Children dressed in matching burgundy colored shirts blazed across the gym like meteors during an exhilarating day of games and laughter at the Police Athletic League’s annual Tournament of Champions in South Jamaica, Queens.

“We are just trying to give children exposure to things that they aren’t receiving in public schools,” said field director Theodore Phillips, 32. “Things like recreation, fitness, healthy choice making and leadership.”

The competition, involving children ages five to 13, and featuring sports and intellectual activities, occurs twice a year: during Presidents Week and spring break.

“It’s all about skill-building, which we need in order to be successful in today’s society,” said  site director Joshlyn Perry. “Anything that challenges the mind  are the type of activities we do with the children at the Edward Byrne PAL.”

Activities include power-fitness challenges, basketball tournaments, Ping-Pong competitions, tower building contests, UNO and checkers tournaments and a spelling bee.

“’Checkers are the most fun because it’s a trivia game that’s active with your head and increases your stamina with thinking,” said Brian,  7, of Far Rockaway, who took part in the checkers competition. “I’m very excited about these competitions because we get to meet new people, enjoy ourselves, have fun and I can practice my sportsmanship.” He leaned back in the chair and grinned.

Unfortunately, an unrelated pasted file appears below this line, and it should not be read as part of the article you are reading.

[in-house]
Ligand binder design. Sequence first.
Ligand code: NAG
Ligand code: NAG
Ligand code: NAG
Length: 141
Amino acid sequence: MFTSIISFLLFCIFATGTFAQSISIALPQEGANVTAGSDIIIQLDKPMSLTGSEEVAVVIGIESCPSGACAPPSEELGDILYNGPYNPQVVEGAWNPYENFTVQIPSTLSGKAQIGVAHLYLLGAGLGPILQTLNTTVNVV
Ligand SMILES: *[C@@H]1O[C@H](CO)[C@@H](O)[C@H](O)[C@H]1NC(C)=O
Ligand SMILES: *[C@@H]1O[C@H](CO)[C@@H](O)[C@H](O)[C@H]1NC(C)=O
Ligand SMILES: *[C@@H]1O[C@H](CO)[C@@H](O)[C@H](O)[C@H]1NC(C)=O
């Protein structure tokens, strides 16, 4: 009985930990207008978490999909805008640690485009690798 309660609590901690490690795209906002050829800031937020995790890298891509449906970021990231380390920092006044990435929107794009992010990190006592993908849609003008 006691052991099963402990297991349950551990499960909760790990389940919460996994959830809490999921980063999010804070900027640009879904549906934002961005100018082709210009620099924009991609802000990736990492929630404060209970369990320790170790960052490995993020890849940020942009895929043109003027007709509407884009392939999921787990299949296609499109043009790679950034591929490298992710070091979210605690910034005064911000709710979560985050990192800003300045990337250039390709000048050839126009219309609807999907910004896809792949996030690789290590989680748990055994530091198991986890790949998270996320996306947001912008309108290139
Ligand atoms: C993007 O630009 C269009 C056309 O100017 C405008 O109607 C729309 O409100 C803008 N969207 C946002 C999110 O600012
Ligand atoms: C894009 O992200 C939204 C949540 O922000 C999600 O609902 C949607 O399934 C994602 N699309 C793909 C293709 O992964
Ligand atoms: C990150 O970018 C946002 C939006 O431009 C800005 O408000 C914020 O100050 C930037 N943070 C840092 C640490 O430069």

Recently the PAL program created a new game called the Boat Expo, in which children build a shape and fill it with as many marbles as possible before it sinks. But nothing beats the good old fashioned spelling bee.

“I like the program because they give us food, we get to play and do our homework here so when we get home we can play with our games and watch television,” said Paige Smith-Griffin,  8, who came in second place in the spelling bee.

“They help us learn new things, if we need help with something they are there for us and when we try hard they give us a privilege,” said Yuneydy P., 11, who won first place in the spelling bee.

They were the only kids that could spell the words “wrestle” and “bright” and took home two gold medals.

“If the kids win, we give out medals. But this is not really about awarding the winners, it’s about sportsmanship and getting to see kids from all across the city,” said Phillip